Author Topic: Bit confused about the process of using starter  (Read 1257 times)

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Offline pbspelly

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Bit confused about the process of using starter
« on: June 27, 2012, 08:04:23 AM »
I've been making dough-doctor-NY-style pizza for a while now using IDY, and thought I'd give starters a try to see how much of a taste difference there is.  I purchased some Italian starter from sourdo.com, activated it in a mason jar over the course of a few days, and it's now sitting in the fridge. I found Jeff V.'s recipe percentages for how much to use for a pie, but I'm a bit confused about the process.  Do I

1) take the whole jar out of the fridge, feed the jar with water and flour, let it warm up for three or four hours and then remove the amount of starter I need for the pizza recipe,  add it to the flour and salt in the KitchenAid and make the dough; or
2) take just the amount I'll need for the pizza recipe out of the jar in the fridge, let it warm to room temperature and then add to the flour and salt in the KitchenAid to make the dough; or
3) take just the amount I'll need for the pizza recipe out of the jar in the fridge and put it straight into the flour and salt in the KitchenAid to make the dough, as if it were regular yeast

And secondly, I've been using the "cold ferment" method, whereby after kneading it for ten minutes in the KitchenAid, I immediately oil the dough balls and put them in the fridge for a few days. I've read different things about whether you should, or can, do this with dough made with starter. Jeff V. seemed to put his in the fridge, but I've heard others say you should let starter-made dough rise at room temperature and then use it on the same day.  Thoughts?


Offline Bill/SFNM

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Re: Bit confused about the process of using starter
« Reply #1 on: June 27, 2012, 10:04:46 AM »
My method is closer #1:

- Remove starter from fridge. Allow to come up to room temp
- Feed entire container and allow to fully activate
- Measure out and use what is needed for pizza
- Measure out what is needed for master
- Feed master and allow to partially activate
- Return master to fridge
- Dump excess, or even better, retain for other uses such as waffles.

Offline anton-luigi

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Re: Bit confused about the process of using starter
« Reply #2 on: June 27, 2012, 11:31:23 AM »
While it all really works out the same,  I pull the jar from the fridge and immediately pull out a scoop of starter and place in a bowl,  which I then feed to batch a preferment.  My inital cold pull from the starter jar,  doubles as my "wasting" to reduce acidity in the stock culture.

Offline anton-luigi

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Re: Bit confused about the process of using starter
« Reply #3 on: June 27, 2012, 11:52:16 AM »
I've been making dough-doctor-NY-style pizza for a while now using IDY, and thought I'd give starters a try to see how much of a taste difference there is.  I purchased some Italian starter from sourdo.com, activated it in a mason jar over the course of a few days, and it's now sitting in the fridge. I found Jeff V.'s recipe percentages for how much to use for a pie, but I'm a bit confused about the process.  Do I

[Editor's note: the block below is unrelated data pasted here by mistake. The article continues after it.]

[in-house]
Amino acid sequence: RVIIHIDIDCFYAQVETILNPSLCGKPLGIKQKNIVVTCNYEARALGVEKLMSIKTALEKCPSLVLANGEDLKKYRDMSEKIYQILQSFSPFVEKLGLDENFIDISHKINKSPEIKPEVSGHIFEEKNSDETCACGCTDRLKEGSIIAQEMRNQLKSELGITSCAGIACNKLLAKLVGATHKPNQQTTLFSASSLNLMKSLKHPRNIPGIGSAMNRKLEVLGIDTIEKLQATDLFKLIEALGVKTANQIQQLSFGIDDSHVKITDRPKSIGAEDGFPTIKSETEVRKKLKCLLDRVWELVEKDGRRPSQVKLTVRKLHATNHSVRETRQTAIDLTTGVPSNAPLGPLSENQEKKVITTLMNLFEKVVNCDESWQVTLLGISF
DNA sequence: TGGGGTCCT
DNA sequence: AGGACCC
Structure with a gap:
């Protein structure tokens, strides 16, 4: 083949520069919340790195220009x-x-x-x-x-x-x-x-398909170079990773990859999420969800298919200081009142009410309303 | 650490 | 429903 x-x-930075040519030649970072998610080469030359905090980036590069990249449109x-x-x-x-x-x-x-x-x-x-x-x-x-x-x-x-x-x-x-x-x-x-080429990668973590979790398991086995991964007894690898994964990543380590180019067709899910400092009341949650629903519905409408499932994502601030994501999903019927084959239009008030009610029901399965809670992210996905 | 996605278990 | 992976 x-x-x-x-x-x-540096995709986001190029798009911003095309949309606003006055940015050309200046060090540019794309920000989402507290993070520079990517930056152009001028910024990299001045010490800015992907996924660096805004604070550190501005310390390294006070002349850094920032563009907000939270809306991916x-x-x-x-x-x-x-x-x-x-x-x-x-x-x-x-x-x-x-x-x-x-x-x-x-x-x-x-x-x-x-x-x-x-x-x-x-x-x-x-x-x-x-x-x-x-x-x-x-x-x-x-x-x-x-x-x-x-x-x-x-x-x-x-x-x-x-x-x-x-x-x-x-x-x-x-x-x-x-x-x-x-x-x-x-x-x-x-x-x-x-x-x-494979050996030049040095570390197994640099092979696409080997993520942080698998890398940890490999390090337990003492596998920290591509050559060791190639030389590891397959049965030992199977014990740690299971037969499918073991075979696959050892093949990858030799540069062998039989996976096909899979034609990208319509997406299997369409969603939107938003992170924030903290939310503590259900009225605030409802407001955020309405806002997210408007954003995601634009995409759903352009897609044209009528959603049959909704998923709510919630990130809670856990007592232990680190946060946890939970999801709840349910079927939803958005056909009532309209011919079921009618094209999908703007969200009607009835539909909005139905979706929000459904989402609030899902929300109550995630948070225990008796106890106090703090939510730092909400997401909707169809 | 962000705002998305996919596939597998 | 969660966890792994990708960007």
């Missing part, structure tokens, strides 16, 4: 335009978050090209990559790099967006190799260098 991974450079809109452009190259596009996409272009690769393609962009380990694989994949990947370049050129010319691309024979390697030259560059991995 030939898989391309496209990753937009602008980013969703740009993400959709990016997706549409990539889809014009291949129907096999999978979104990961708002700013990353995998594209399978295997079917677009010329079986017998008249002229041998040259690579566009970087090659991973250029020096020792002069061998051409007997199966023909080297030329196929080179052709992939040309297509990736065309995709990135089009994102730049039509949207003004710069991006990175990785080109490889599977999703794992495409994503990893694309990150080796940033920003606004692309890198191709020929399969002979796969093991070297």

1) take the whole jar out of the fridge, feed the jar with water and flour, let it warm up for three or four hours and then remove the amount of starter I need for the pizza recipe,  add it to the flour and salt in the KitchenAid and make the dough; or
2) take just the amount I'll need for the pizza recipe out of the jar in the fridge, let it warm to room temperature and then add to the flour and salt in the KitchenAid to make the dough; or
3) take just the amount I'll need for the pizza recipe out of the jar in the fridge and put it straight into the flour and salt in the KitchenAid to make the dough, as if it were regular yeast

And secondly, I've been using the "cold ferment" method, whereby after kneading it for ten minutes in the KitchenAid, I immediately oil the dough balls and put them in the fridge for a few days. I've read different things about whether you should, or can, do this with dough made with starter. Jeff V. seemed to put his in the fridge, but I've heard others say you should let starter-made dough rise at room temperature and then use it on the same day.  Thoughts?

whoops,  missed a couple things here.  First,  you want to be using a fully active starter in your dough formulation,  so you wouldnt want to use cold starter fresh out of the fridge into your mixer.  As far as your ferment goes,  that is up to you whether you want to cold ferment or room ferment,  but your formulation will change based on which one you go with with regards to yeast and sugar.  I initially only used the cold ferment method as I followed the Varasano method too,  but I have started using the 24-48 hour room ferment as of late,  and am pleased with the results. 

Offline RamirOk

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Re: Bit confused about the process of using starter
« Reply #4 on: June 27, 2012, 01:42:13 PM »
I've been waiting a day in room temp. for use my starter I don't remember when I read that so the starter is more active.
My method:
On the morning
- Remove starter from fridge, leave a tbs and feed him.

At night
- Leave a tbs and feed him again.

And in the morning on the next day I make my dough.

Do you find any difference on activity using a piece from the starter that was in the fridge and not waiting a full day of feeds?
I may have been waiting a day for no reason.